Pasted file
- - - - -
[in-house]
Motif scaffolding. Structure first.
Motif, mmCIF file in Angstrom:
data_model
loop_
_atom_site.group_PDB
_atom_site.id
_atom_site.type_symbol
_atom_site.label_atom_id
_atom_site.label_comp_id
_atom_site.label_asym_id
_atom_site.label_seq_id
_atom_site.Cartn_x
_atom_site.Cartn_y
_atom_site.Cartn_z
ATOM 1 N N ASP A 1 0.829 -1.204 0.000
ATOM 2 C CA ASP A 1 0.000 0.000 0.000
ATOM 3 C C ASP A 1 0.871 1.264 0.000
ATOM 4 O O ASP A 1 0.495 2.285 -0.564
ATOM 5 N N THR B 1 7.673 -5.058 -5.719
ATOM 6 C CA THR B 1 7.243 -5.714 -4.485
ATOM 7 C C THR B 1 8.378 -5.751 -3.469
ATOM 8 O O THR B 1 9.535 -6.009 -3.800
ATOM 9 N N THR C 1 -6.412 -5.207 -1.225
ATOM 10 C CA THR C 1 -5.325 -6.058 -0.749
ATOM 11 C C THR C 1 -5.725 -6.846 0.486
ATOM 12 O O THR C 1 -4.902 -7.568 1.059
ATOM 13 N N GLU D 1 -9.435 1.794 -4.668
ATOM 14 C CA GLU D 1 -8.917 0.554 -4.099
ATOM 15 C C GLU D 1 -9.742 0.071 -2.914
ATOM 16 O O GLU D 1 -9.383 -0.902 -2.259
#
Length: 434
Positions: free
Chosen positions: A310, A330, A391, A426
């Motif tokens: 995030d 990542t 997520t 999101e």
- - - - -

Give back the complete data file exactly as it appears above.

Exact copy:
[in-house]
Motif scaffolding. Structure first.
Motif, mmCIF file in Angstrom:
data_model
loop_
_atom_site.group_PDB
_atom_site.id
_atom_site.type_symbol
_atom_site.label_atom_id
_atom_site.label_comp_id
_atom_site.label_asym_id
_atom_site.label_seq_id
_atom_site.Cartn_x
_atom_site.Cartn_y
_atom_site.Cartn_z
ATOM 1 N N ASP A 1 0.829 -1.204 0.000
ATOM 2 C CA ASP A 1 0.000 0.000 0.000
ATOM 3 C C ASP A 1 0.871 1.264 0.000
ATOM 4 O O ASP A 1 0.495 2.285 -0.564
ATOM 5 N N THR B 1 7.673 -5.058 -5.719
ATOM 6 C CA THR B 1 7.243 -5.714 -4.485
ATOM 7 C C THR B 1 8.378 -5.751 -3.469
ATOM 8 O O THR B 1 9.535 -6.009 -3.800
ATOM 9 N N THR C 1 -6.412 -5.207 -1.225
ATOM 10 C CA THR C 1 -5.325 -6.058 -0.749
ATOM 11 C C THR C 1 -5.725 -6.846 0.486
ATOM 12 O O THR C 1 -4.902 -7.568 1.059
ATOM 13 N N GLU D 1 -9.435 1.794 -4.668
ATOM 14 C CA GLU D 1 -8.917 0.554 -4.099
ATOM 15 C C GLU D 1 -9.742 0.071 -2.914
ATOM 16 O O GLU D 1 -9.383 -0.902 -2.259
#
Length: 434
Positions: free
Chosen positions: A310, A330, A391, A426
């Motif tokens: 995030d 990542t 997520t 999101e």